But these European immigrants did not immediately get land when they arrived in America. Many of the European immigrants had agreed to work 4 to 7 years as indentured servants in return for their masters paying for their passage to America. Because of that the North American colonies, contrary to for example settlements in Brasil, were able to get by without a large number of African slaves for quite some time.

Just to put that in perspective: In 1620 there were around 1.200 English settlers in Virginia but only 30 Africans. And in 1680 slaves still only made up 4 % of the population.

But that changed after the turn of the century since the institution of indentured servants disappeared and the British discovered how lucrative the slave trade was the number of slaves in the North American colonies exploded.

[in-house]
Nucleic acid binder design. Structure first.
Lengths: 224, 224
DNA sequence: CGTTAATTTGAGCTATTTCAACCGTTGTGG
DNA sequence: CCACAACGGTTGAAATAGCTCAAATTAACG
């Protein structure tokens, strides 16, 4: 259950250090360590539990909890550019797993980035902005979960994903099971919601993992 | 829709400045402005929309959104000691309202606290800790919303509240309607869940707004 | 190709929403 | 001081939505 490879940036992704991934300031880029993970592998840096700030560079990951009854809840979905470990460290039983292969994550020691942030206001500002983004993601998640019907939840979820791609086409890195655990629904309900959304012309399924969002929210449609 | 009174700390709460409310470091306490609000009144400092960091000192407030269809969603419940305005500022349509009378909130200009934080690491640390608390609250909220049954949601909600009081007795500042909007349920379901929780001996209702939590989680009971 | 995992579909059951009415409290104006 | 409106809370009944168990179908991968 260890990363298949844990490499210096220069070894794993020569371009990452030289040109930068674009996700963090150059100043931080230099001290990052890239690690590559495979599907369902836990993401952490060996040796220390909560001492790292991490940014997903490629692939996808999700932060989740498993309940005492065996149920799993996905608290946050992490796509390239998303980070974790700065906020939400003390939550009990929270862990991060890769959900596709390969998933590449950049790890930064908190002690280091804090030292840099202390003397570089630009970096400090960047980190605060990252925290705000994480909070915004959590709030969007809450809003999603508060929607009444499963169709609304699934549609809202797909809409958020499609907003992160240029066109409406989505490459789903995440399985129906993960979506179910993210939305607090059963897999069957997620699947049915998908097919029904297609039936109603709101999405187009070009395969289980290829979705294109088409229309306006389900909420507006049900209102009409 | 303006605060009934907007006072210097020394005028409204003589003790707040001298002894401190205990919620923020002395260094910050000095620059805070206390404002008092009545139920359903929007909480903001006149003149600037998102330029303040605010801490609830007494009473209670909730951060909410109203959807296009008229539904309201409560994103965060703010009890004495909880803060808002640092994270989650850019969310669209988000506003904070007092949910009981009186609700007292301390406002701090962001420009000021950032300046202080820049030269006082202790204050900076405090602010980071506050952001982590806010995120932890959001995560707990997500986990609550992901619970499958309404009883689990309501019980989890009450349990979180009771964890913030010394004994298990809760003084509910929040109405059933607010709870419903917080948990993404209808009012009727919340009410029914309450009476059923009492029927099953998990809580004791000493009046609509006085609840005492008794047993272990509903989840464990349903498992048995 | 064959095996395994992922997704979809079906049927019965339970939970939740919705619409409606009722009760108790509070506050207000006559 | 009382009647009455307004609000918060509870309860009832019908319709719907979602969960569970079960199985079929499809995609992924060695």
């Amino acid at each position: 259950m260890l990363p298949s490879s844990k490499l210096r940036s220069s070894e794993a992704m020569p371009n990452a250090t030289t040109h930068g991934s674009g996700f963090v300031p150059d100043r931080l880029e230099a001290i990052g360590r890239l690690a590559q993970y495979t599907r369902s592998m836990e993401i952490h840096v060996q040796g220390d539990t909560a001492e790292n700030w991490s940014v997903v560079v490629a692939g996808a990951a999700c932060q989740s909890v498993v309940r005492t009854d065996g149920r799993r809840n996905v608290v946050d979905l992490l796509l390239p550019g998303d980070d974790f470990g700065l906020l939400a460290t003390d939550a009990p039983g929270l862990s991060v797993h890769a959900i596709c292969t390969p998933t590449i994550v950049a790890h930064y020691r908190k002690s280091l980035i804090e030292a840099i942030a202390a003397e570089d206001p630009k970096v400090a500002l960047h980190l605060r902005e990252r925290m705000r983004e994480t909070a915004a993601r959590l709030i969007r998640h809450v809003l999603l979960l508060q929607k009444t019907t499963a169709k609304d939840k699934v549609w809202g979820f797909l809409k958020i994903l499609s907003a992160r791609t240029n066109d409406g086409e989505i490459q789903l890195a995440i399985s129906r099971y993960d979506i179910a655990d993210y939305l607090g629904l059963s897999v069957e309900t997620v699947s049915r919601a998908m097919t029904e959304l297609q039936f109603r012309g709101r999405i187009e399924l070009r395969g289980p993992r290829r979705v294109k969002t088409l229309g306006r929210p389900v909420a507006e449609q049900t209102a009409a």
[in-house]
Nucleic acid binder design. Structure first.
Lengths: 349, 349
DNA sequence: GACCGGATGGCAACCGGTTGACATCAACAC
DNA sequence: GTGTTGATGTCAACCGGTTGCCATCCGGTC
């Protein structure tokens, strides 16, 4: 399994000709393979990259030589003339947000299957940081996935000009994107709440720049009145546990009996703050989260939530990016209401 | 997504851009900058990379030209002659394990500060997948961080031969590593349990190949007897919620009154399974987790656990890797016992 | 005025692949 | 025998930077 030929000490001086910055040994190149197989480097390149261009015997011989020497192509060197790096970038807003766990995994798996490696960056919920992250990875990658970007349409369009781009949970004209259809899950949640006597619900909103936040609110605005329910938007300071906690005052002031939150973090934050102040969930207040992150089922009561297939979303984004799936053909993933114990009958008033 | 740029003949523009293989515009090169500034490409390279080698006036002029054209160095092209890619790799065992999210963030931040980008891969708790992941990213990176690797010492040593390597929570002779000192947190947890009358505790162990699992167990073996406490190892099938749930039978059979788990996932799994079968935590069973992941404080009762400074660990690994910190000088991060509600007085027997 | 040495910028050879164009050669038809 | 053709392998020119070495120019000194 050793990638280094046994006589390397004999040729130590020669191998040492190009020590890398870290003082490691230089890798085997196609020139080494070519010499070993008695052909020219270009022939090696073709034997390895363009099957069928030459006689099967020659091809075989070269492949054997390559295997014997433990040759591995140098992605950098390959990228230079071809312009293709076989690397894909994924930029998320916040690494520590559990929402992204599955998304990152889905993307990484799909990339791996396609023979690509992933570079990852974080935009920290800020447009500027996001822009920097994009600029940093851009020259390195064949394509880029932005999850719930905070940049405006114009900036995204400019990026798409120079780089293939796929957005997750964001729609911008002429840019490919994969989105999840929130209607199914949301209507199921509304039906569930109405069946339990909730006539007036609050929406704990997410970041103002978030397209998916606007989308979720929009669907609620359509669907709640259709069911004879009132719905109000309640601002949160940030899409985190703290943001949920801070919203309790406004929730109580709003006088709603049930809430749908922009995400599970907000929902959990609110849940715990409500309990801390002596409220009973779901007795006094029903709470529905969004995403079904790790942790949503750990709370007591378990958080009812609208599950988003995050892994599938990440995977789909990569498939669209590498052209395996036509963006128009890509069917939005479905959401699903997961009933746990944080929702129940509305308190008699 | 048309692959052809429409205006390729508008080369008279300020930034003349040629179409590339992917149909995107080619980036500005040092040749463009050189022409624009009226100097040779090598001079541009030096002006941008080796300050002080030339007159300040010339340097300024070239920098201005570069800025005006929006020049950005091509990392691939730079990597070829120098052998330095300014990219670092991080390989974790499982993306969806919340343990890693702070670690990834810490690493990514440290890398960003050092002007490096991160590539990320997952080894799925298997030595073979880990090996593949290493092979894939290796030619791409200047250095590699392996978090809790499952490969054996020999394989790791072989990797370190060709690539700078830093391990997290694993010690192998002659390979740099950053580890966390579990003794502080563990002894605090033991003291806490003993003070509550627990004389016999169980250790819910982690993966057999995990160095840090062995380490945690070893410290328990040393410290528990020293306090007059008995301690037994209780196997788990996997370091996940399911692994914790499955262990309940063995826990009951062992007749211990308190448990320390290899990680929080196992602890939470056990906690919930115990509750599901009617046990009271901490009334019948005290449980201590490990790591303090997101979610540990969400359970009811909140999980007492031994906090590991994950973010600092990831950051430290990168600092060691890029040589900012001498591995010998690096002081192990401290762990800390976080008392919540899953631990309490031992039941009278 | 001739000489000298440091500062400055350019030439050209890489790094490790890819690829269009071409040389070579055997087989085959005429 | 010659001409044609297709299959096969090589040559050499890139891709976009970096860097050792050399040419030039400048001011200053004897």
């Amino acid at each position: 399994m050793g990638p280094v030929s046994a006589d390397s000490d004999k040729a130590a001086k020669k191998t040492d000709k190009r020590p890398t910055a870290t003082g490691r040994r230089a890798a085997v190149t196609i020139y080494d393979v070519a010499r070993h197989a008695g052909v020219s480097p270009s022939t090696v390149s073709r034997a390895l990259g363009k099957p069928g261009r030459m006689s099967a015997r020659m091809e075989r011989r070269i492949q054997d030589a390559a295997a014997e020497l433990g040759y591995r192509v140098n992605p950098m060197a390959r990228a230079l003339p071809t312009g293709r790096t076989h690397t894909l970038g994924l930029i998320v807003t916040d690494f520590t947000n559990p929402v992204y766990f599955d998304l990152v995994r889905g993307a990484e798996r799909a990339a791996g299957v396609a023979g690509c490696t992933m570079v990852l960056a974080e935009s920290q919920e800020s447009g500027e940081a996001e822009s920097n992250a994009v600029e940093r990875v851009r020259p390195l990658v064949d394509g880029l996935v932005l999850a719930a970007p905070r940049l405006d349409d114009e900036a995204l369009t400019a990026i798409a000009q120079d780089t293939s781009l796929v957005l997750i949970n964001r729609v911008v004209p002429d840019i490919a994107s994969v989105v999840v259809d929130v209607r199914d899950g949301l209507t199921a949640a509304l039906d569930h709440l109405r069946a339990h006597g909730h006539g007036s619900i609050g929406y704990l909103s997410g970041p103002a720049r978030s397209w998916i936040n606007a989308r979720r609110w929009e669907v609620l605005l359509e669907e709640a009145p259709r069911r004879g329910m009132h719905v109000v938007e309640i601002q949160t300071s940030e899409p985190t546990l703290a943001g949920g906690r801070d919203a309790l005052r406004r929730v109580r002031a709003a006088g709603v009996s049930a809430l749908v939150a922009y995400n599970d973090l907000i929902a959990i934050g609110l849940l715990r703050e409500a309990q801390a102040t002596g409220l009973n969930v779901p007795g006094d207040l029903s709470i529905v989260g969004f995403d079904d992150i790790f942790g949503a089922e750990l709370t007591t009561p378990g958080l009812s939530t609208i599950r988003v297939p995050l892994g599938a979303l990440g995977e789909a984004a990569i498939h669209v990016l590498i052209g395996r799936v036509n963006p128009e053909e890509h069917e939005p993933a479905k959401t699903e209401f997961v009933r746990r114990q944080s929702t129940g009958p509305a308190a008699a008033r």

Around the year 1750, the British colonies in North America had around 2 million inhabitants. Around 25% of them were slaves. And around 90% of these slaves lived in the already established southern colonies.

By the way, the border between the southern and northern colonies of that time can be found somewhere between Philadelphia and Baltimore. For more information on what a colony is and how it varies from a dominion, I would like to recommend you my article here.

So there was already a clear discrepancy in the prevalence of slavery between the northern and the southern colonies as early as 1750.

Let`s now find out which religious/political and economic/geographical reasons led to that kind of discrepancy!

Religious/Political reasons